Re: مواقف في ساحات العدالة saif addawla18-02-09, 06:11 AM
                                                                                                                                  Re: مواقف في ساحات العدالة الطيب شيقوق18-02-09, 06:55 AM
                                                                                                                                    Re: مواقف في ساحات العدالة محمد أحمد الخضر18-02-09, 07:57 AM
                                                                                                                                      Re: مواقف في ساحات العدالة الطيب شيقوق18-02-09, 08:13 AM
                                                                                                                                        Re: مواقف في ساحات العدالة Yahia Abd El Kareem18-02-09, 10:39 AM
                                                                                                                                          Re: مواقف في ساحات العدالة عبدالكريم أحمد الامين18-02-09, 11:08 AM
                                                                                                                                          Re: مواقف في ساحات العدالة الطيب شيقوق18-02-09, 11:09 AM
                                                                                                                                            Re: مواقف في ساحات العدالة الطيب شيقوق18-02-09, 06:31 PM
                                                                                                                                              Re: مواقف في ساحات العدالة Nader Abu Kadouk21-02-09, 04:54 AM
                                                                                                                                                Re: مواقف في ساحات العدالة الطيب شيقوق21-02-09, 05:43 AM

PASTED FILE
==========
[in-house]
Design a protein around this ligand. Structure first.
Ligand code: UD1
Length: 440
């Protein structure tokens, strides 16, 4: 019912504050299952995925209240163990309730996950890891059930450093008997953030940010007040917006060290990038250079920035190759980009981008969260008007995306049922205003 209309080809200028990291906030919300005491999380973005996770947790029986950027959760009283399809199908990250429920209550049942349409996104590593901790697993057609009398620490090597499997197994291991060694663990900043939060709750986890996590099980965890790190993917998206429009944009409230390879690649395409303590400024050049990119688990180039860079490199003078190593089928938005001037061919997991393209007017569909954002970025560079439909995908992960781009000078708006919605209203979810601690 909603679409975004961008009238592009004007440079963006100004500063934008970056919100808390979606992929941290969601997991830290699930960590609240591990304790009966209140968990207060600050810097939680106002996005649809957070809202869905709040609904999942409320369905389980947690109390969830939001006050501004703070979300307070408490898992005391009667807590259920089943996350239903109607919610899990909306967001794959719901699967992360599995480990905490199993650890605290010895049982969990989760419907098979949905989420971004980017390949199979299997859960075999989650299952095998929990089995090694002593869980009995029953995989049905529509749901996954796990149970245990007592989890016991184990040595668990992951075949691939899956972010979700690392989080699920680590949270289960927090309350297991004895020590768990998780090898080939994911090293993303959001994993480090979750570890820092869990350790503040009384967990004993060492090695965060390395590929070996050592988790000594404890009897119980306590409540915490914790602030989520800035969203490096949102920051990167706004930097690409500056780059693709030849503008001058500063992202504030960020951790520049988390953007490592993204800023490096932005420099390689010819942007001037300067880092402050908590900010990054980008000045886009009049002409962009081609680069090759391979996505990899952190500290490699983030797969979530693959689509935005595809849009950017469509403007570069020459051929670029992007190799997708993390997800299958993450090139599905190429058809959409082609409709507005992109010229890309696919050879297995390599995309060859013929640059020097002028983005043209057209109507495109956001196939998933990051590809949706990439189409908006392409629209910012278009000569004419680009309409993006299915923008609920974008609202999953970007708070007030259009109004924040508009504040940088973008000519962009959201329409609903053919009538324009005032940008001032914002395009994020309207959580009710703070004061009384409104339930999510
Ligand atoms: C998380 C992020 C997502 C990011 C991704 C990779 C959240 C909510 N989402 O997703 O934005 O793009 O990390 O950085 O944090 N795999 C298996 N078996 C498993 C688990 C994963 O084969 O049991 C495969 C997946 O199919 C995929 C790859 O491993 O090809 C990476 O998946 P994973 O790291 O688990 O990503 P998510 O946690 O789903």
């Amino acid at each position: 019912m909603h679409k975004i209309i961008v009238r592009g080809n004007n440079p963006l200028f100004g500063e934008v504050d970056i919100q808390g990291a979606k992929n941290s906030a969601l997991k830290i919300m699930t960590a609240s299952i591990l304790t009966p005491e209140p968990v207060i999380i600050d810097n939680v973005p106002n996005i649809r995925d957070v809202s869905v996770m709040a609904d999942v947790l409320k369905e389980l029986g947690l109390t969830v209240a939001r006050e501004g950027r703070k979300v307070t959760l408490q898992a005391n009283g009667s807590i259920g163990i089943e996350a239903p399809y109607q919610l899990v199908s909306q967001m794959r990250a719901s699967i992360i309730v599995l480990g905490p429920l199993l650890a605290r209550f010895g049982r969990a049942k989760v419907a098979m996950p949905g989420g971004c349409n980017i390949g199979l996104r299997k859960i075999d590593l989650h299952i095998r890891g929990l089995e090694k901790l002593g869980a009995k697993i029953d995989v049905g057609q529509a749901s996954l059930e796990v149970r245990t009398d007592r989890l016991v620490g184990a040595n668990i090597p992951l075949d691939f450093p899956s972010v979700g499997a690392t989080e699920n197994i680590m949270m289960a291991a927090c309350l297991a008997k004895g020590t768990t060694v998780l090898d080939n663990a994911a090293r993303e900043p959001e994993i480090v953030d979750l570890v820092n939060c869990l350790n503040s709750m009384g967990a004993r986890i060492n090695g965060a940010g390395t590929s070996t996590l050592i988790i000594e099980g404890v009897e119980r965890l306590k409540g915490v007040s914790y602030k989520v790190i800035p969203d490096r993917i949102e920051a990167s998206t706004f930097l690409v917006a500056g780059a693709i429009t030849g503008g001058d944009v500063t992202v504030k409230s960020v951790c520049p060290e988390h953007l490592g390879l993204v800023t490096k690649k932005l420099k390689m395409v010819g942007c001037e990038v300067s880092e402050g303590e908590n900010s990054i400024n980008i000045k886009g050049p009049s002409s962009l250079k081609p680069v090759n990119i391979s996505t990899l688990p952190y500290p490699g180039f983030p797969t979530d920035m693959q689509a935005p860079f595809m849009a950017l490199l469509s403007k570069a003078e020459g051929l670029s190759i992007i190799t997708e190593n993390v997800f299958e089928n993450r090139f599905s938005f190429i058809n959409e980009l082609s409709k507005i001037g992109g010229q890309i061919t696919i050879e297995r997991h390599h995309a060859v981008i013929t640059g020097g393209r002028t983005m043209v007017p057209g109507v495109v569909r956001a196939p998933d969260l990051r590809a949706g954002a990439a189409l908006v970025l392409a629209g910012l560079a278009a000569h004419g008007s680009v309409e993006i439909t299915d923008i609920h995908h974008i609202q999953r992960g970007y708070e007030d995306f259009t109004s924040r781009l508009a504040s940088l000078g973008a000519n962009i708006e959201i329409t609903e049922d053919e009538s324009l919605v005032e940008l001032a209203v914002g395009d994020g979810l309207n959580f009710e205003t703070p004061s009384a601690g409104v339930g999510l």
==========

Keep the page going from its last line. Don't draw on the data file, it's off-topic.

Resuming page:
Re: مواقف في ساحات العدالة عبدالكريم أحمد الامين22-02-09, 07:48 PM
                                                                                                                                                    Re: مواقف في ساحات العدالة محمد على طه الملك22-02-09, 08:46 PM
                                                                                                                                                      Re: مواقف في ساحات العدالة عبدالكريم أحمد الامين23-02-09, 07:26 PM
                                                                                                                                                        Re: مواقف في ساحات العدالة عبدالكريم أحمد الامين26-02-09, 12:21 PM
                                                                                                                                                          Re: مواقف في ساحات العدالة اسامة الكاشف26-02-09, 12:50 PM
                                                                                                                                                            Re: مواقف في ساحات العدالة الطيب شيقوق06-03-09, 10:02 PM
                                                                                                                                                              Re: مواقف في ساحات العدالة الطيب شيقوق06-03-09, 10:13 PM